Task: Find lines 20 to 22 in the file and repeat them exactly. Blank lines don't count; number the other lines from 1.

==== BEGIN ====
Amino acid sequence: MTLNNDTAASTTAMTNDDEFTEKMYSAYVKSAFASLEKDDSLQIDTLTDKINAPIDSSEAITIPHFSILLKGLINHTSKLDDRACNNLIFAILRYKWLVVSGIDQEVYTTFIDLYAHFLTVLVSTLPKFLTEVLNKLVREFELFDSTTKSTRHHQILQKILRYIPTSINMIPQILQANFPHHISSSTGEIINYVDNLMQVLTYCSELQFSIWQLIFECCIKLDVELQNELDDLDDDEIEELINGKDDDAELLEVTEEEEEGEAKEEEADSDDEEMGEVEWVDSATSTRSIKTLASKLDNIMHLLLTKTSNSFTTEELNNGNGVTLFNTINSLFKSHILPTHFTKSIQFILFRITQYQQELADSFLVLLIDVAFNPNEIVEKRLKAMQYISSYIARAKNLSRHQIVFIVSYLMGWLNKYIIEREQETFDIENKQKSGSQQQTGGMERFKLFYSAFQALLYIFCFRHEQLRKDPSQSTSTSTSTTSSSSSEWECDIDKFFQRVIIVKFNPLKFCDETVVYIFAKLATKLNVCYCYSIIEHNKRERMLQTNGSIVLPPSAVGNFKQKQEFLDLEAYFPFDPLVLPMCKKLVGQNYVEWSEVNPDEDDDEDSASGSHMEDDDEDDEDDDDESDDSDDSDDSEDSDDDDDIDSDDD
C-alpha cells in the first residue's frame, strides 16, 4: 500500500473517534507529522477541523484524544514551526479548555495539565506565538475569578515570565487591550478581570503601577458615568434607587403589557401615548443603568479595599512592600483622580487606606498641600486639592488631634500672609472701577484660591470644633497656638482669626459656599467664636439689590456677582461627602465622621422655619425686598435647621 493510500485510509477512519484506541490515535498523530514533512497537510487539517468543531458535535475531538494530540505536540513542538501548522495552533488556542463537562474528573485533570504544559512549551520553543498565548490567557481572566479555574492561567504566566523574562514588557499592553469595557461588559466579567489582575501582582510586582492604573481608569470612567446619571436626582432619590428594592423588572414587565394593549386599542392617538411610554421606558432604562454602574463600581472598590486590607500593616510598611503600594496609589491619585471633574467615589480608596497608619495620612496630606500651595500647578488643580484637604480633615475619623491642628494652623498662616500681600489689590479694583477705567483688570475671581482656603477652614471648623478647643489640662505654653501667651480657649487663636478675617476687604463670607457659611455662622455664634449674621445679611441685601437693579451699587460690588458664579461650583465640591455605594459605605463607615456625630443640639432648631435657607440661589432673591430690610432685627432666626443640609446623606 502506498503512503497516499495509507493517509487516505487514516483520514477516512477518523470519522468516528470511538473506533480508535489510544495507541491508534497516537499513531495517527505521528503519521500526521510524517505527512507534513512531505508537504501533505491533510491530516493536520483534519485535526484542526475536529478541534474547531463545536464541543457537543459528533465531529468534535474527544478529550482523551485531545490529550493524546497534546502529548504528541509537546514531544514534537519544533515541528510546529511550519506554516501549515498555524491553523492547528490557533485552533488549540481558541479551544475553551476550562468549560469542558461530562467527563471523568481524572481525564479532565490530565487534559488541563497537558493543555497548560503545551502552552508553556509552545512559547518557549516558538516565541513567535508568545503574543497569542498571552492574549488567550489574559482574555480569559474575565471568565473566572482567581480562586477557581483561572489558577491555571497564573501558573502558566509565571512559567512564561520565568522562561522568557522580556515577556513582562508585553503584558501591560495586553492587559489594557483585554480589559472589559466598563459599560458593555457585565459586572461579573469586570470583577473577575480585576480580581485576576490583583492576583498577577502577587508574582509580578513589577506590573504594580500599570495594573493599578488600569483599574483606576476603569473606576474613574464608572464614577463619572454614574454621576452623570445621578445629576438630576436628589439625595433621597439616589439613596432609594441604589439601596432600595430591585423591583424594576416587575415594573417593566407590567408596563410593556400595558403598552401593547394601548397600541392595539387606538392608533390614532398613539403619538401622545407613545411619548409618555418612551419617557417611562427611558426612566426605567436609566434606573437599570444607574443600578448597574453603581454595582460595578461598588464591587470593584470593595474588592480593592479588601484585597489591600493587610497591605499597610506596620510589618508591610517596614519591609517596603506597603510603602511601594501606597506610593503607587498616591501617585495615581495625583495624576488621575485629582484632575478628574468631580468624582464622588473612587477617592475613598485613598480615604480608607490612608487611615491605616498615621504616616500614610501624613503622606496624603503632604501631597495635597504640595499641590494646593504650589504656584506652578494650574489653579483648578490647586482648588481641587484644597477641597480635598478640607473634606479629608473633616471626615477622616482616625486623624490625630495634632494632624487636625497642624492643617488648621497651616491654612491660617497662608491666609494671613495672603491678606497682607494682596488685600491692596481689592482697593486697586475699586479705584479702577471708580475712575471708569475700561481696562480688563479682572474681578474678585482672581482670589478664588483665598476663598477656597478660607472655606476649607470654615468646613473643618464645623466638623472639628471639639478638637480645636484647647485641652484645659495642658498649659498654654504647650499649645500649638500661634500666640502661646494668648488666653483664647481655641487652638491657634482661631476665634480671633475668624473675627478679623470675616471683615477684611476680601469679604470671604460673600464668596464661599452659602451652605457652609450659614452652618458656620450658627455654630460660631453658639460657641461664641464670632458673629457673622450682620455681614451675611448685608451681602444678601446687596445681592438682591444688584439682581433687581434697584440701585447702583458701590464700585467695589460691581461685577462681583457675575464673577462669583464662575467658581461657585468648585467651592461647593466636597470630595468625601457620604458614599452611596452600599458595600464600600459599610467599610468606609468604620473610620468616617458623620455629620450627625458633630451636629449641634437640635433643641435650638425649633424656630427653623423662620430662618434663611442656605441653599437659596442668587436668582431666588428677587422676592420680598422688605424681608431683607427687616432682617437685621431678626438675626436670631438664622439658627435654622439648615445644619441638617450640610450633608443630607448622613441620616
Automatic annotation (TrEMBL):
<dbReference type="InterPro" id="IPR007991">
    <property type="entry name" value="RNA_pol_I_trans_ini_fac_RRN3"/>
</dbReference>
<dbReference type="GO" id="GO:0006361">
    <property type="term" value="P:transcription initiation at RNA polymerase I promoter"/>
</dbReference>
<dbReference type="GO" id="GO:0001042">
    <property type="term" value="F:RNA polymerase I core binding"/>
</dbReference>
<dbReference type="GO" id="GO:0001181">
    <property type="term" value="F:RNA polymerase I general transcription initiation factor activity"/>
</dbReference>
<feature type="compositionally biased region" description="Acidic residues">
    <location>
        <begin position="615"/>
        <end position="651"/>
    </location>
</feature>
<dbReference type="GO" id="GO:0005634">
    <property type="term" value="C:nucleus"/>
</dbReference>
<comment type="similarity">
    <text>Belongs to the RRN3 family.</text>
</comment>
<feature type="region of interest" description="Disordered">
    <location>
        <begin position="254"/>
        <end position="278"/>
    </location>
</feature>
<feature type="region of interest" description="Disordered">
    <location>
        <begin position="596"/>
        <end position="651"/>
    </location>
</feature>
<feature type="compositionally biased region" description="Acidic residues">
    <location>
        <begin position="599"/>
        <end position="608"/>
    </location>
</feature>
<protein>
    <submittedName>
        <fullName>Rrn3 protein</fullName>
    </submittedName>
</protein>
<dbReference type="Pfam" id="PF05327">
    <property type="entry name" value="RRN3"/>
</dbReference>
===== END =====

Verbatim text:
    </location>
</feature>
<dbReference type="GO" id="GO:0005634">